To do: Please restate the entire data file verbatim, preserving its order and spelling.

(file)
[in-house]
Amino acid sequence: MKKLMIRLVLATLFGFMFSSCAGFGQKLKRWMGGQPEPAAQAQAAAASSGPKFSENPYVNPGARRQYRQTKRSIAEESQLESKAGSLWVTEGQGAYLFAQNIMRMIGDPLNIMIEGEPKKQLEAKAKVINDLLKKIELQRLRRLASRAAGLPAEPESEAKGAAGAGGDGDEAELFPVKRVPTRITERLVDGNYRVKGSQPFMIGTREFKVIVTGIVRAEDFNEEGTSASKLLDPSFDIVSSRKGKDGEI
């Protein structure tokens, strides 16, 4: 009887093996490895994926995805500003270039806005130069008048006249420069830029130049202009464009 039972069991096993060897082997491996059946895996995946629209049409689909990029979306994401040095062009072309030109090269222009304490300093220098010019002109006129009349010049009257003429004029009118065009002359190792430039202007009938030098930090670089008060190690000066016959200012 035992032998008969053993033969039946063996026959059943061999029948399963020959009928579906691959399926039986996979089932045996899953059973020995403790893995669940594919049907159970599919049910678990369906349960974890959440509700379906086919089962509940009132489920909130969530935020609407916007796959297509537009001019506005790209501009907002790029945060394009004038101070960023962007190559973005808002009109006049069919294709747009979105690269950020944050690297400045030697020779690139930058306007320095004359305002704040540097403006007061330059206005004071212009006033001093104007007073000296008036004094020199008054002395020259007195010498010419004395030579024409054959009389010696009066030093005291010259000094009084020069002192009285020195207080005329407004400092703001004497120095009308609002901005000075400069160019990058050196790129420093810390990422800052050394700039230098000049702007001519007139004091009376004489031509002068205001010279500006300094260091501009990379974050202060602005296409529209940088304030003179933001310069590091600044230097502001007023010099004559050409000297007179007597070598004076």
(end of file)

[in-house]
Amino acid sequence: MKKLMIRLVLATLFGFMFSSCAGFGQKLKRWMGGQPEPAAQAQAAAASSGPKFSENPYVNPGARRQYRQTKRSIAEESQLESKAGSLWVTEGQGAYLFAQNIMRMIGDPLNIMIEGEPKKQLEAKAKVINDLLKKIELQRLRRLASRAAGLPAEPESEAKGAAGAGGDGDEAELFPVKRVPTRITERLVDGNYRVKGSQPFMIGTREFKVIVTGIVRAEDFNEEGTSASKLLDPSFDIVSSRKGKDGEI
């Protein structure tokens, strides 16, 4: 009887093996490895994926995805500003270039806005130069008048006249420069830029130049202009464009 039972069991096993060897082997491996059946895996995946629209049409689909990029979306994401040095062009072309030109090269222009304490300093220098010019002109006129009349010049009257003429004029009118065009002359190792430039202007009938030098930090670089008060190690000066016959200012 035992032998008969053993033969039946063996026959059943061999029948399963020959009928579906691959399926039986996979089932045996899953059973020995403790893995669940594919049907159970599919049910678990369906349960974890959440509700379906086919089962509940009132489920909130969530935020609407916007796959297509537009001019506005790209501009907002790029945060394009004038101070960023962007190559973005808002009109006049069919294709747009979105690269950020944050690297400045030697020779690139930058306007320095004359305002704040540097403006007061330059206005004071212009006033001093104007007073000296008036004094020199008054002395020259007195010498010419004395030579024409054959009389010696009066030093005291010259000094009084020069002192009285020195207080005329407004400092703001004497120095009308609002901005000075400069160019990058050196790129420093810390990422800052050394700039230098000049702007001519007139004091009376004489031509002068205001010279500006300094260091501009990379974050202060602005296409529209940088304030003179933001310069590091600044230097502001007023010099004559050409000297007179007597070598004076």